A: Great question. It really depends on a few factors. Can you afford to buy clothes in the future? How much do you love your formal office clothes? Could you get rid of pieces you don’t love? Or some stained or need repair? Which pieces will still be in style in a year?
Whatever you decide, I recommend limiting your containers for storing these clothes. Maybe that’s a 1/2 of your closet or two bins in the basement. This way, you only keep the stuff you like.
Q: Is it OK to keep clothes to pass on to my brother’s kids as they grow up?
A: My initial reaction is to say, “Sure, but limit your containers.”
But before you do, ask yourself a few questions. Are you keeping quality stuff? Or is it stained, torn, or out of style? Will your brother want these things? And if so, why not give them to him now and let him store them?
Personally, I love giving clothes and toys in good condition to family members. But I don’t hold on to things for them. My home is not a storage unit for stuff that other people might not even want in the future.
Thought experiments to adopt a decluttering mindset
OK, I’ll admit it: every self-help book talks about “adopting the right mindset.” They act as if it’s as simple as flipping on a light switch. But most don’t tell you how to do this.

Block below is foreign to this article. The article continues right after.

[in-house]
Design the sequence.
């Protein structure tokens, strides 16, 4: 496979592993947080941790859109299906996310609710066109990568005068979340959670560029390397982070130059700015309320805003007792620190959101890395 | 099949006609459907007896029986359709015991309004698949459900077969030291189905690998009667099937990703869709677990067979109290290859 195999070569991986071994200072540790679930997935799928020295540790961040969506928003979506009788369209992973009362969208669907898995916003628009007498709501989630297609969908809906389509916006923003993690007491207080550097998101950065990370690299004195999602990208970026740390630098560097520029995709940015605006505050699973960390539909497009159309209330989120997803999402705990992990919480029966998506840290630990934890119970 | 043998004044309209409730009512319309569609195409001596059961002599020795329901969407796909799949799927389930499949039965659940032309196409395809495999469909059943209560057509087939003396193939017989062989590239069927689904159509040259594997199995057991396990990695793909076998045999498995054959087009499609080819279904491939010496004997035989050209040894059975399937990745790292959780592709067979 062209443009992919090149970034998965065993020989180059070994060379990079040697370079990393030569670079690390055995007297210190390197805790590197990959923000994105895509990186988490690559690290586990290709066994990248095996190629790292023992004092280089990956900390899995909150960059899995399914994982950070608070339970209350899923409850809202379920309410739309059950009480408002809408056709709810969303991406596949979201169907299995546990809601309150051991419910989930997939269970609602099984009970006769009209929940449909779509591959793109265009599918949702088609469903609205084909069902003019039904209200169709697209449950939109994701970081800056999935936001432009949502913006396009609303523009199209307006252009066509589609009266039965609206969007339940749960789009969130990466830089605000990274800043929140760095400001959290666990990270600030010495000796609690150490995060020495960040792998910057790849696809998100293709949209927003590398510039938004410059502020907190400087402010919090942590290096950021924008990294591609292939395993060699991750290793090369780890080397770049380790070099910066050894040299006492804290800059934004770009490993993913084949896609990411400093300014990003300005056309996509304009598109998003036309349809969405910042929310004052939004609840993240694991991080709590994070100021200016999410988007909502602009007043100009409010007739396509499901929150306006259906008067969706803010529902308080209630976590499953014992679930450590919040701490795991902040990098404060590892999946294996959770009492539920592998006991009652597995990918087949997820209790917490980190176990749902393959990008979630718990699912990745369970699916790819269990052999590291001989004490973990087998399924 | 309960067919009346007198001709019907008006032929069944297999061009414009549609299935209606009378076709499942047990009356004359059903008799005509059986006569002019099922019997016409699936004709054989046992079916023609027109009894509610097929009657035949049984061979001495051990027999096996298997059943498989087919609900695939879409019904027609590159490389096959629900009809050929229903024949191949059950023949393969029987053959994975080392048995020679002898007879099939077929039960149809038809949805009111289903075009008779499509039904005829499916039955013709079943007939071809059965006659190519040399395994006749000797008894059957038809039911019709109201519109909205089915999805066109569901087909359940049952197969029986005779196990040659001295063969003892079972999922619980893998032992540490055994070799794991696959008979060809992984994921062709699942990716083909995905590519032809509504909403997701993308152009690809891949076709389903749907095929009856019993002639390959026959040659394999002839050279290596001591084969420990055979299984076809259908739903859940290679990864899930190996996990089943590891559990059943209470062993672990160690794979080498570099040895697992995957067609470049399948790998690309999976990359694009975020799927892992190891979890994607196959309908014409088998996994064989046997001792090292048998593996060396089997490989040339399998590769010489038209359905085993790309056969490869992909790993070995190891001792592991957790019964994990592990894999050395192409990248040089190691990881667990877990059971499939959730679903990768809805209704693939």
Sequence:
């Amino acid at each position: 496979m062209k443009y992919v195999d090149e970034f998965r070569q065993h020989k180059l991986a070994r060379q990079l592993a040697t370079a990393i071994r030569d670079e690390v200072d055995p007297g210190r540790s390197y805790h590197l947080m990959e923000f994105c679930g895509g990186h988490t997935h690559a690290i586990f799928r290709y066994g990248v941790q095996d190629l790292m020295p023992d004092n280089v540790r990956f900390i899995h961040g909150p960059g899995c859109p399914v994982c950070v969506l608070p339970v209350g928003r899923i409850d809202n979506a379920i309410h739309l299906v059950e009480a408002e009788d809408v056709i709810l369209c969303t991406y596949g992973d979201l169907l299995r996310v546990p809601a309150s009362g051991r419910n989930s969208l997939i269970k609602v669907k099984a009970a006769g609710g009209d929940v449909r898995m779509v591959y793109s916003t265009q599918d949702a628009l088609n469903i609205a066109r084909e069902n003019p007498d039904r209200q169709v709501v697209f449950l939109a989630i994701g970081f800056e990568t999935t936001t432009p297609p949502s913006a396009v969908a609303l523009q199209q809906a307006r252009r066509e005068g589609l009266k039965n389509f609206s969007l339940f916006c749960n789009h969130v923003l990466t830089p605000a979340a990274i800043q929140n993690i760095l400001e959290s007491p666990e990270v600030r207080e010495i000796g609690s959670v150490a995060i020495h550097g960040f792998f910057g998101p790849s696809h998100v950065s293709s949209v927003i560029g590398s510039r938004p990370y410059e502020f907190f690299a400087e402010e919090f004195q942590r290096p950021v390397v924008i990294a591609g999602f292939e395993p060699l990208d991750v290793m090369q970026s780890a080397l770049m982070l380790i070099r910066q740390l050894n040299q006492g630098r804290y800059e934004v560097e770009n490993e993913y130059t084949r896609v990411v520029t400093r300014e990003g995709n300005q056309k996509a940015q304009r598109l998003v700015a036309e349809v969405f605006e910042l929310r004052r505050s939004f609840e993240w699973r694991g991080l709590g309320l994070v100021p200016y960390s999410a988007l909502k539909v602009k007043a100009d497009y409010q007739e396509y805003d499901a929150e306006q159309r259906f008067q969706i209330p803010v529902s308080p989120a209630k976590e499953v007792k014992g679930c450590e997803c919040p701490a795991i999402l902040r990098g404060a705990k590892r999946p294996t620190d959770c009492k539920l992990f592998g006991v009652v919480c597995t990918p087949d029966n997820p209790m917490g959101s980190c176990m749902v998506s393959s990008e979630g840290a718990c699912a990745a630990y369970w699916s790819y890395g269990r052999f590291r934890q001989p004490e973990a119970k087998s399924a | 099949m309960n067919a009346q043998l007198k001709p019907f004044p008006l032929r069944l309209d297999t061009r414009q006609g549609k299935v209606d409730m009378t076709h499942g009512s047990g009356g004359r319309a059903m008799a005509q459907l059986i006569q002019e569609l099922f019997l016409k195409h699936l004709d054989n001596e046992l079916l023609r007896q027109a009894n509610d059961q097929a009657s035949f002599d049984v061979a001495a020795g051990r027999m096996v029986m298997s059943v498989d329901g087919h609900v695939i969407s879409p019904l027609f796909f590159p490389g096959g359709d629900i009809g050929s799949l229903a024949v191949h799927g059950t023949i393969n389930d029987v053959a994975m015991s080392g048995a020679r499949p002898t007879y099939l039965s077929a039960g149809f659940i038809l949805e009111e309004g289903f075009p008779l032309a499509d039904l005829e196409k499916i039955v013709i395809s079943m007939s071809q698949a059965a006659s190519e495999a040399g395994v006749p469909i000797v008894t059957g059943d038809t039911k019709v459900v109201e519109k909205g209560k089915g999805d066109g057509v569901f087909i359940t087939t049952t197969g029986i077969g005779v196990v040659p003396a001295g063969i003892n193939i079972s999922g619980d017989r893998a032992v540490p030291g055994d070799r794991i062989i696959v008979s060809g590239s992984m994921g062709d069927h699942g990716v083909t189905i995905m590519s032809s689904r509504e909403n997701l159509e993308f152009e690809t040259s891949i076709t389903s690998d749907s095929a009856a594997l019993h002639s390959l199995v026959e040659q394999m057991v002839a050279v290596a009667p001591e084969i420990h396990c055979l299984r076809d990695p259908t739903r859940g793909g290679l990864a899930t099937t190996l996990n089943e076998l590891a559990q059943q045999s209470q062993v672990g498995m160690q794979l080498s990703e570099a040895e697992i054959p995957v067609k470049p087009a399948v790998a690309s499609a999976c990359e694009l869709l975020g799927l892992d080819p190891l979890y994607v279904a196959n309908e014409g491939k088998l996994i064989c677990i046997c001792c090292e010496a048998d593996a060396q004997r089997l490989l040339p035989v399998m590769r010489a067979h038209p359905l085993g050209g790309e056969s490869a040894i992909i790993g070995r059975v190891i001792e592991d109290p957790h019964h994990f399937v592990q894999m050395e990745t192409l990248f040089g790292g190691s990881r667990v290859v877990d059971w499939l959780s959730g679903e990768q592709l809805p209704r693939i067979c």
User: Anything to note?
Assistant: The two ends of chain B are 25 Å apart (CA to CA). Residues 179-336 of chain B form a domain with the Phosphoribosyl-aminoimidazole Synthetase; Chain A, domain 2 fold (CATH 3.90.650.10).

So let me walk you through three thought experiments that put me in the right mindset. These thought experiments help me clarify what I materially need and what I can live without.
Thought experiment 1: You’re charged $1 for each item
Imagine someone charged you $1/month for each piece of clothing you own. How many shirts and shoes and ugly sweaters would you toss? Would you keep things that no longer fit? Would you hold on to things that are stained or need repair?
After you got rid of your unwanted clothes, would you feel less happy with less stuff? Would you grieve? Or feel relieved?
Would you wonder why you held on to so much stuff in the first place?
Thought experiment 2: Who’ll clean out your house?
Imagine that you died today. It’s not a pleasant thought but humor me. If you were no longer with us, who would clean out your house? What would they do with all of your clothes? Which things would they keep? Or donate? Which items would they drop in a dumpster?
Now think of the items that would end up in a landfill, surrounded by dirty diapers and rotting food. Why hold on to these if they don’t bring you any value? Why wait for someone else to discard them?
Thought experiment 3: Your house burned down
Imagine your house burned down and you lost everything. You had to start all over, but insurance gave you a new house and $25,000 to replace your stuff.
What clothing would you buy in the first week? The first month? And the first year? Which items would you never replace?
Which clothes would you secretly be glad are gone? Think about them. Why wait for a fire to have them disappear?